This shell-shocked turtle cake was created for my nephew’s birthday. I wanted to make him a turtle cake, but I wanted it to be different than others I’ve seen. I decided to have my turtle hiding in his shell, with only his eyes peeking outward. It’s unique as well as simpler to make since you don’t have to fuss with a head or legs. It also reminds me a bit of those old Mario Nintendo games, which he’s just starting to appreciate and which most of us are nostalgic for. King Koopa, eat your heart out.
Nine Inch Round Cake and Dome Shaped Cake
The first step is to bake two pound cake mixes in one nine inch round pan and one dome shaped cake pan. Let them cool completely (putting them in the freezer for an hour or so isn’t even a bad idea) before beginning cake work. Whip up a batch of buttercream frosting while you wait. I used buttercream as a base for marshmallow fondant, but you can decorate your cake with only buttercream if you don’t wish to use fondant at all.
Trimming the Turtle Carapace
My next step was to trim the round cake, which serves as the turtle carapace, at an angle to simulate a turtle’s underbelly. I then covered it in buttercream and applied a light green fondant all over it.
For the turtle shell, I colored my fondant a dark green, applied buttercream to the dome-shaped cake, and covered it in the marshmallow fondant. I tried to shape the outer edges to look more like a turtle shell by pinching them together (similar to pie crust edges). I then placed the dome on top of the carapace piece.
Turtle Shell Cake
I created the plates in his shell by lightly cutting into the fondant with a cutting tool. You can use a knife (gently) if you don’t have fondant-specific tools.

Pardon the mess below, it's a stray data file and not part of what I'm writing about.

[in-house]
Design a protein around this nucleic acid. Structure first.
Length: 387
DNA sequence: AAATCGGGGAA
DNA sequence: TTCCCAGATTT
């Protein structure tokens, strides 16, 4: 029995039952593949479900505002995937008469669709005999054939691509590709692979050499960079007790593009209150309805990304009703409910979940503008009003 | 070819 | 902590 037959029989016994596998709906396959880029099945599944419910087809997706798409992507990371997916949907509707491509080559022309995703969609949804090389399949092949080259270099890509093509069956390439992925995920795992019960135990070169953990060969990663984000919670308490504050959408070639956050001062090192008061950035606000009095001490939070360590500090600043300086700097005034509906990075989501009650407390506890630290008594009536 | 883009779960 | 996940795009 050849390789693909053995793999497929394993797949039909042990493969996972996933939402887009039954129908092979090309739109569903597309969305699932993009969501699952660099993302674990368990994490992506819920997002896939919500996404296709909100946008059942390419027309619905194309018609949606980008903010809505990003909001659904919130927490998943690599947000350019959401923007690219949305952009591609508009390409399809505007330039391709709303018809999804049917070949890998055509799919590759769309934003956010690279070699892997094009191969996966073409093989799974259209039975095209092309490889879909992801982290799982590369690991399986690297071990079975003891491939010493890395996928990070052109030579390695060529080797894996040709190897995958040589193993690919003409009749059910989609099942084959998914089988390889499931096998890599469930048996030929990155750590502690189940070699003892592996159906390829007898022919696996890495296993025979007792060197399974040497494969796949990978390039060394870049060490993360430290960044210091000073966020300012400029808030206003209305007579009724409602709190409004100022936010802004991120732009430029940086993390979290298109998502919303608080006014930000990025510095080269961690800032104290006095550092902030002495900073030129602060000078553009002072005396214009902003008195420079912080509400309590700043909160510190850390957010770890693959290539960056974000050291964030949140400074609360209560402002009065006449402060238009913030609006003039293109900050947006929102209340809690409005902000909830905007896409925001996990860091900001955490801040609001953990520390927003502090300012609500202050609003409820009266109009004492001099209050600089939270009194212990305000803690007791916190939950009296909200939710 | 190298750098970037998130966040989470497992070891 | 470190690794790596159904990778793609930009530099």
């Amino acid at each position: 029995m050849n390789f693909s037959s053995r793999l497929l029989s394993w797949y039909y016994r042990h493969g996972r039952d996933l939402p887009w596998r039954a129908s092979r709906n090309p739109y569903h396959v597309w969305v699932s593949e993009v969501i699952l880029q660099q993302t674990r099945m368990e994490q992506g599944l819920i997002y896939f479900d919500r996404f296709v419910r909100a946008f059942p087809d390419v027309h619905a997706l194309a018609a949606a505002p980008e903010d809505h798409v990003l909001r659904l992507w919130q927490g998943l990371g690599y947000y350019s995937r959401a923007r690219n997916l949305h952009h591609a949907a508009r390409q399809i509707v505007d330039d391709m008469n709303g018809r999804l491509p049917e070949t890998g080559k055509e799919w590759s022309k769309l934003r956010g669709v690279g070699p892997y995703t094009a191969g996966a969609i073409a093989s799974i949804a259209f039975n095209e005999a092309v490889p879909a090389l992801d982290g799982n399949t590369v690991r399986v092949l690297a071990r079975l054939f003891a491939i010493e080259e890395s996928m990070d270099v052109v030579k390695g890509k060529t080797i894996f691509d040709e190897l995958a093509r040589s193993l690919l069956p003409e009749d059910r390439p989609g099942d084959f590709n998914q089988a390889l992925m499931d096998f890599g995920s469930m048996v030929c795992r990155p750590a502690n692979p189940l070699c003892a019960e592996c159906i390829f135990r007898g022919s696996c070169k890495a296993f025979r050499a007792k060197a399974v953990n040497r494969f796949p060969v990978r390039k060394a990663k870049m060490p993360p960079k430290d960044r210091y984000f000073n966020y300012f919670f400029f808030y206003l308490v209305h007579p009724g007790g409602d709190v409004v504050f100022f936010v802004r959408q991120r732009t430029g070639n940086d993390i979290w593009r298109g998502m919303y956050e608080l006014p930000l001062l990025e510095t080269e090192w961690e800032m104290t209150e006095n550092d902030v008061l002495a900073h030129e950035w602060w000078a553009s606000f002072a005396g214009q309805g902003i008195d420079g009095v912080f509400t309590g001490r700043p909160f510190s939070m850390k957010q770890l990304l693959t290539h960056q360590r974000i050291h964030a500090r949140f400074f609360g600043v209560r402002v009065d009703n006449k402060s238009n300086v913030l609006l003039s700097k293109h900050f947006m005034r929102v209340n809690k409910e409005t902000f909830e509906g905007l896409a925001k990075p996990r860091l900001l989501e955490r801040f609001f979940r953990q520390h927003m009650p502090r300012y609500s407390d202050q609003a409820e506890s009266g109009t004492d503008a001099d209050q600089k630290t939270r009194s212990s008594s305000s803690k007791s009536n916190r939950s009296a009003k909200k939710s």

I lifted some of the fondant on the dome cake to create a place for the turtle’s “face”. Next I used black fondant to create the inside of the turtle shell, along with white fondant eyes and black centers. I then gave him a light green tail as a finishing touch.
There’s the super easy Classic Bunny Rabbit Cake and then there’s this “a little bit more work, but isn’t he a charmer?” Easter Bunny Cake.
You can tell he’s an Easter Bunny because he’s so darn colorful — of course, if you prefer another color (even something bizarre like “brown” or “white”), all you have to do is select the appropriate color frosting. He doesn’t even have to be an Easter Bunny Cake, he’s equally happy to serve as the “pet rabbit cake.” Although, you might want to skip the bow tie — as pet rabbit cakes don’t usually enjoy dress up as much as Easter Bunny cakes.
Download the Bunny Rabbit Pattern
Creating the Bunny Rabbit Cake
Whip up your favorite cake batter (I made this white cake) and evenly divide the batter between one 9″ square cake pan and one 9″ round cake pan. Bake and cool cakes as your recipe requires. Remove cakes from pans.
Place the cut out pattern pieces on top of the 9″ square layer. Use a sharp knife to cut out the cake pieces.
NOTE: The small piece marked “hair” is a fussy bit. I love the rakish charm it adds to the rabbit cake, but if you’re short on time or don’t like fiddly bits, you can omit this piece and still have a wonderful bunny rabbit cake.
Here we have the classic bunny rabbit cake that Grandma first whipped up a long time ago — and even more Grandmas got into the act in 1973 with a copy of the Baker’s Coconut Cut Up Cakes (see the second “Easter Bunny Cake”).
Classic Bunny Rabbit Cutting Pattern
It’s a fabulous cake for anyone who loves cake-retro or who wants an easy and extremely forgiving (coconut covers a multitude of sins) bunny rabbit cake.
The instructions are super simple:
Bake any cake recipe in two round pans.
Cut one cake round as shown in the diagram to the right. Leave second cake round whole.
Place two “A” pieces (see diagram) as the bunny rabbit’s ears and place the “B” piece as the bunny rabbit’s smart and fancy bow tie.
Frost entire cake. You may frost the bow tie in a contrasting color.